Top Ten Crime Novels with a Puzzle

Top Ten Crime Novels with a Puzzle

Top Ten Crime Novels with a Puzzle

You wouldn’t buy a fresh copy of the newspaper so you could fill out the same crossword puzzle or Sudoku a second time nor watch an episode of “Jeopardy!” that you’ve seen before. And it might seem equally eccentric to re-read a mystery novel, especially if you read it so recently that you still clearly remember the solution to the mystery.

But with the best of them, it’s not just the puzzle and the solution that make the books worth reading: at least equally compelling are the interactions of the idiosyncratic characters with each other and with the unique worlds in which they live, and I go back to my favorites over and over again.

Here are ten that I’ve read at least half a dozen times each:

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Angel’s Flight, by Michael Connelly. Michael Connelly immerses you in a Los Angeles that is probably the real one, but with much more variety and peril than you ever noticed on your own. And somehow he knows more about the inner workings of the LAPD than anyone not actually on the force. The escalating suspense of this book is a live wire; it shocks you every time you touch it.

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Forfeit, by Dick Francis. Francis knew the world of British horse racing from the inside—the jockeys, the trainers, the racing press—and you don’t so much read his books as experience them along with his characters. Even on the third reading, you’ll be staying up late to watch James Tyrone’s desperately clever maneuvers in outwitting the villains who mean to destroy every aspect of his life.

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The Lady in the Lake, by Raymond Chandler. About his Los Angeles private detective character Philip Marlowe, Chandler wrote, “Down these mean streets a man must go who is not himself mean, who is neither tarnished nor afraid.” Marlowe is a person you simply love to watch dealing with the weird people in his world, and his world—Los Angeles in the days of World War II—is so vivid and fascinating that you feel as if you got there in a time machine…and luckily, you can pick the book up and go back again any time you like.

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The Xanadu Talisman, by Peter O’Donnell. Starting with Modesty Blaise trapped under a collapsed hotel in an earthquake, this book becomes deeper and more fascinating with every chapter. Modesty got into the most extravagant adventures, but O’Donnell made you believe every eccentric character and every exotic locale, and the action and drama are even more enjoyable when you know what’s coming next.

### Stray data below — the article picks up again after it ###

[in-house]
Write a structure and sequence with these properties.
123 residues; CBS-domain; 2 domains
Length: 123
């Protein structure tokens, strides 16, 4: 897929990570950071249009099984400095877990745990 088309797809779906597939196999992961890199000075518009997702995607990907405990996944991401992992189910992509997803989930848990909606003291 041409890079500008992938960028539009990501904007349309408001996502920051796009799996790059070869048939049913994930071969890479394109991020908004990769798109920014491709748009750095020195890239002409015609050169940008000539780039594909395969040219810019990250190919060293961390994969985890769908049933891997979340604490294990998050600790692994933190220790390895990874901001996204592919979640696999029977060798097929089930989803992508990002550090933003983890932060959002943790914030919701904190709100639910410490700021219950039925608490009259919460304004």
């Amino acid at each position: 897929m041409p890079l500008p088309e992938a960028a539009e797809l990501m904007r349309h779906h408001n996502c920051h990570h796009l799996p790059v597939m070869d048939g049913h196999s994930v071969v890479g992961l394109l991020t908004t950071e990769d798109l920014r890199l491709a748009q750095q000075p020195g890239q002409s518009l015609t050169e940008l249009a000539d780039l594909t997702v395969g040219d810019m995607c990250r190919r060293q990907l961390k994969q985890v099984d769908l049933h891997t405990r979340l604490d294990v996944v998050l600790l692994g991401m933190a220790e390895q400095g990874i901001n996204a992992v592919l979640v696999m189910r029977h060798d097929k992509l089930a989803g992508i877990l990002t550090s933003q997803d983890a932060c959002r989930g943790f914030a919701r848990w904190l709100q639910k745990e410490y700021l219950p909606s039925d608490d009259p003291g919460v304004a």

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Tinker, Tailor, Soldier, Spy by John le Carré. I was halfway through reading this for the first time when I carelessly read the first page of its sequel, which gave away the identity of the covert villain in Tinker, Tailor. That didn’t slow me down a bit, though. The world of George Smiley and the ramshackle British Secret Service, and all the marvelously duplicitous characters, were so fascinating that I didn’t care that I now knew the solution to the mystery.

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Mr. Paradise by Elmore Leonard. Maybe Detroit really is as colorfully lethal as this and as filled with sociopathic killers pursuing idiotic murderous schemes. Not a place I want to visit in person, but I love to renew my acquaintance with it via this book.

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Innocence, by Dean Koontz. The eerie mysteries of this book, and the natures and histories of the characters, unfold so powerfully, even transcendently, that re-reading it is like listening to a Beethoven symphony again.Top Ten Crime Novels with a Puzzle

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A Deadly Shade of Gold, by John D. MacDonald. This one takes Travis McGee to New York, Los Angeles, and a small seaport in Mexico, and every scene is one you look forward to reading again. Travis McGee’s world of boats, dubious antique dealers, wealthy eccentrics, and sympathetic assassins is so immersive that reading it only once would be like visiting a fascinating city only once.

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The Anti-Death League, by Kingsley Amis. A convincing and often funny tour of a secret British military operation, in which the emotional action is as arresting as the physical action, and the villain—and the revelation of him and his intentions—pale beside the complex interactions of Amis’s deeply sympathetic characters. I never tire of spending time with them again.

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The Choirboys, by Joseph Wambaugh. I’m sure the LAPD of the 1970s could not have been like this, but Wambaugh makes you believe it completely as you read. The horrifying adventures of these officers are, I’m afraid, more hilarious every time I re-read the book.

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The Silence of the Lambs, by Robert Harris. The literally arm’s-length but electric relationship between rookie FBI agent Clarise Starling and serial killer Hannibal Lecter is so adversarial and yet oddMedusa's Web by Tim Powersly intimate that experiencing it only once would be to miss most of it. The pursuit of the killer almost becomes a secondary interest.

 

 

Top Ten Crime Novels with a Puzzle is the first blog post of Tim Powers, be sure to check out his latest book…

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